Isn’t it obvious the change is about that? It can be now, but will it be in the future? Let’s say after 1 month, a strange behavior is found in this same web application. One page sometimes raises an error. If you check the commits on this page, you can see one with the previous message about the guest users. That gives you a very good tip that the bug might be related to the guest user’s interaction.
Let’s assume that normally to discover the cause of the bug, you use some of Git’s features. However, the commit you found had a message like “Update on business logic”. Would it worth anything to be a Git guru? Would you get any valuable information on the bug with this commit message?
Commit messages serve as basic documentation directly attached to a piece of code. Think of it this way, if you spend one extra minute writing a better commit message, you can save hours in a debugging process.
There are plenty of resources and standards on how good commit messages should be. If you or your team adopt one standard and stick to it, that’s more than enough.
I use Git, do I need anything else?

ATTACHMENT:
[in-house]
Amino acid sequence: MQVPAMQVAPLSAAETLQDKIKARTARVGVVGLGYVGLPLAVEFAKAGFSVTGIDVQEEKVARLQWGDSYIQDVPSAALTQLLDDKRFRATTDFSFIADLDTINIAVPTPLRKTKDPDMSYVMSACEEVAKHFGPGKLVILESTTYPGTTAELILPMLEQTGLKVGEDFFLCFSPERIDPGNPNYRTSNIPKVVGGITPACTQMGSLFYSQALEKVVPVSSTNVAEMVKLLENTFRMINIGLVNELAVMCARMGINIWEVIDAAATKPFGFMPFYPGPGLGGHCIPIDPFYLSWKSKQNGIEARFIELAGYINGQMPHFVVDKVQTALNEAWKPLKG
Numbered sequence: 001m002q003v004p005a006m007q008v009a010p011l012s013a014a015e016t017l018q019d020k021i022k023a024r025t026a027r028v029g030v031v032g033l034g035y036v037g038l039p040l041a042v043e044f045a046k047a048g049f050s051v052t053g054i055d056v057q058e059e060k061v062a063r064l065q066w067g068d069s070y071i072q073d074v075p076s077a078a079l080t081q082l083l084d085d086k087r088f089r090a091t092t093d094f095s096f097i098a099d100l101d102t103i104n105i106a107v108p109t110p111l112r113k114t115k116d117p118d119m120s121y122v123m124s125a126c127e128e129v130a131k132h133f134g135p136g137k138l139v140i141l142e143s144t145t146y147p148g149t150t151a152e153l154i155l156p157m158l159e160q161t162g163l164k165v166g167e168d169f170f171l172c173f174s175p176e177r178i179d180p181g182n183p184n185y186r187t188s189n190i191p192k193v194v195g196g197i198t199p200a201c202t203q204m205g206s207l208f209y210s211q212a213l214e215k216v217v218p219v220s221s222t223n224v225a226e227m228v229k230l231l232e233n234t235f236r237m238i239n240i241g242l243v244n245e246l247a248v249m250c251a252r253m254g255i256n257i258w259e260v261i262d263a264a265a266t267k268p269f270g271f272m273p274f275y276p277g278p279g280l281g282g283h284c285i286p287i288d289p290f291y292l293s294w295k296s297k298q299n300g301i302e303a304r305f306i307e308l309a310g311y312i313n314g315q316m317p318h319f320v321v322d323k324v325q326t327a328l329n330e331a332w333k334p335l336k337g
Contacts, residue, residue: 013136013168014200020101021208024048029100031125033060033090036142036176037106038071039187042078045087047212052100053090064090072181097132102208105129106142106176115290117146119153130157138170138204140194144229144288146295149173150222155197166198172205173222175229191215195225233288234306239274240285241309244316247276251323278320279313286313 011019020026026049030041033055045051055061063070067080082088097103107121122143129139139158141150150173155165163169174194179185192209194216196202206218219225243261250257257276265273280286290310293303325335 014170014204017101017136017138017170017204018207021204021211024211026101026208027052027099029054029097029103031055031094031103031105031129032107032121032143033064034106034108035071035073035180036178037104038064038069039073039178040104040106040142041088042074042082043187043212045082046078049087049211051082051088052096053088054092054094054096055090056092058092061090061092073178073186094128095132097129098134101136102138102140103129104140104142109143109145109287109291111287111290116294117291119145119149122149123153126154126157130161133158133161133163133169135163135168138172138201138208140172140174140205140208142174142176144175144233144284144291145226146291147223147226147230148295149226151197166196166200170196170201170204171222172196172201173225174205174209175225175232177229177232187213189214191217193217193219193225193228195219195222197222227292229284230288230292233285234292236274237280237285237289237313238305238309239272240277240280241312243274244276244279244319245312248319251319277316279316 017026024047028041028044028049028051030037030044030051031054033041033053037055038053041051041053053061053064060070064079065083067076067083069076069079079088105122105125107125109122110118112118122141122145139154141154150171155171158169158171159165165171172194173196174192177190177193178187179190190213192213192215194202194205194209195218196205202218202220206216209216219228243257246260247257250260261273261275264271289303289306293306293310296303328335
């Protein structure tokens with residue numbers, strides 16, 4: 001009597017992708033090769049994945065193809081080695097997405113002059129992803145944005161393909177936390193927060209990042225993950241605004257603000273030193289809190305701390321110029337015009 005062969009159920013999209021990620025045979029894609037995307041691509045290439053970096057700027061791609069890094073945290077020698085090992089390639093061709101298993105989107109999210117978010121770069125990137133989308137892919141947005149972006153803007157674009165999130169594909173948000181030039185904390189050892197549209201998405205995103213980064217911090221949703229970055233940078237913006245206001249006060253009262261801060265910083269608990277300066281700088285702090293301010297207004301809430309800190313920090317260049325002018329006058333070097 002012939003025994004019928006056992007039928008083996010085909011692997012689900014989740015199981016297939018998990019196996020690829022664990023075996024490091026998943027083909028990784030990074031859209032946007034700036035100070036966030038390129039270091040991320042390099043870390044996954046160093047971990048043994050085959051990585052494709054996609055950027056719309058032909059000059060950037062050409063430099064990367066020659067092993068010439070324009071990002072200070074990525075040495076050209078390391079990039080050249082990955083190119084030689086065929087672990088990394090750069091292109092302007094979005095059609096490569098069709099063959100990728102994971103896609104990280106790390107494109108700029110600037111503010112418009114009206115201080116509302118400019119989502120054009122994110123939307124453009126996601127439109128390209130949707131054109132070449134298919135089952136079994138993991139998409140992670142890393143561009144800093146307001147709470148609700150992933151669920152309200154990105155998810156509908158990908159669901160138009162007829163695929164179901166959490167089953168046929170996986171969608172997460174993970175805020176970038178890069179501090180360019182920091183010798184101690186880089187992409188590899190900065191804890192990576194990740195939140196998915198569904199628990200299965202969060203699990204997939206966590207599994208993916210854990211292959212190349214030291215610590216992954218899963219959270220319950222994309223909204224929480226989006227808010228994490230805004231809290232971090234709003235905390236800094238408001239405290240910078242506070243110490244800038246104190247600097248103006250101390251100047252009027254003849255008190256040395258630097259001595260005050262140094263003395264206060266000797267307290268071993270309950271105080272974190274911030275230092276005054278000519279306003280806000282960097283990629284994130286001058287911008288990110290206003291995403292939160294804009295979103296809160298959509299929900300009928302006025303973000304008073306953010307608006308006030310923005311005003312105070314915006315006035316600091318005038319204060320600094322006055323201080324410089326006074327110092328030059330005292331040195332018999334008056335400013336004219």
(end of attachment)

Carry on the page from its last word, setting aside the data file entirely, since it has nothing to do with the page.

As you must have realized right now, Git is awesome. However, sometimes it may not be enough by its own. There are several projects that add specific functionality to Git. I’ll list here some that I consider essential and that you should be using. Before that, it’s important to remind you about Git hooks. It is a powerful feature of Git that lets you run small scripts before or after git commands.
The first is pre-commit. This is a very cool gem that gives you some passive magic skills to check your modifications before committing. It is a hook that runs before your commit action and looks for things that you might not want to commit. Who had never forgotten a debug command or a whitespace at the end of a line? By using pre-commit, you’ll never repeat that.
More specifically for Ruby on Rails, as we do use it a lot at Digital Natives, there is the hookup gem. You may think it is yet another gem which provides Git hooks. This gem, though, acts across git checkouts. It will make sure you have the right gems and the right database schema. It is very handy when you need to change branches frequently.
At last but not least is the git-extras project. Sometimes Git command line may seem very simplistic and dry. This project brings a lot of awesome commands to Git and at least one will make you wonder “Why Git doesn’t have this by default?”
That’s all folks
Writing software is not an easy task, but doing version control right was never so easy and cheap as nowadays. This doesn’t mean, though, that you don’t need discipline and organization around it. By following the tips mentioned above, you can care more about writing good software and using the time for what really matters.
I hope you enjoyed the post. And if you like it, I hope you’ll participate in our discussion and share it with anyone you think might find it useful
So do you have any tip of your own on Git? Share with us on twitter!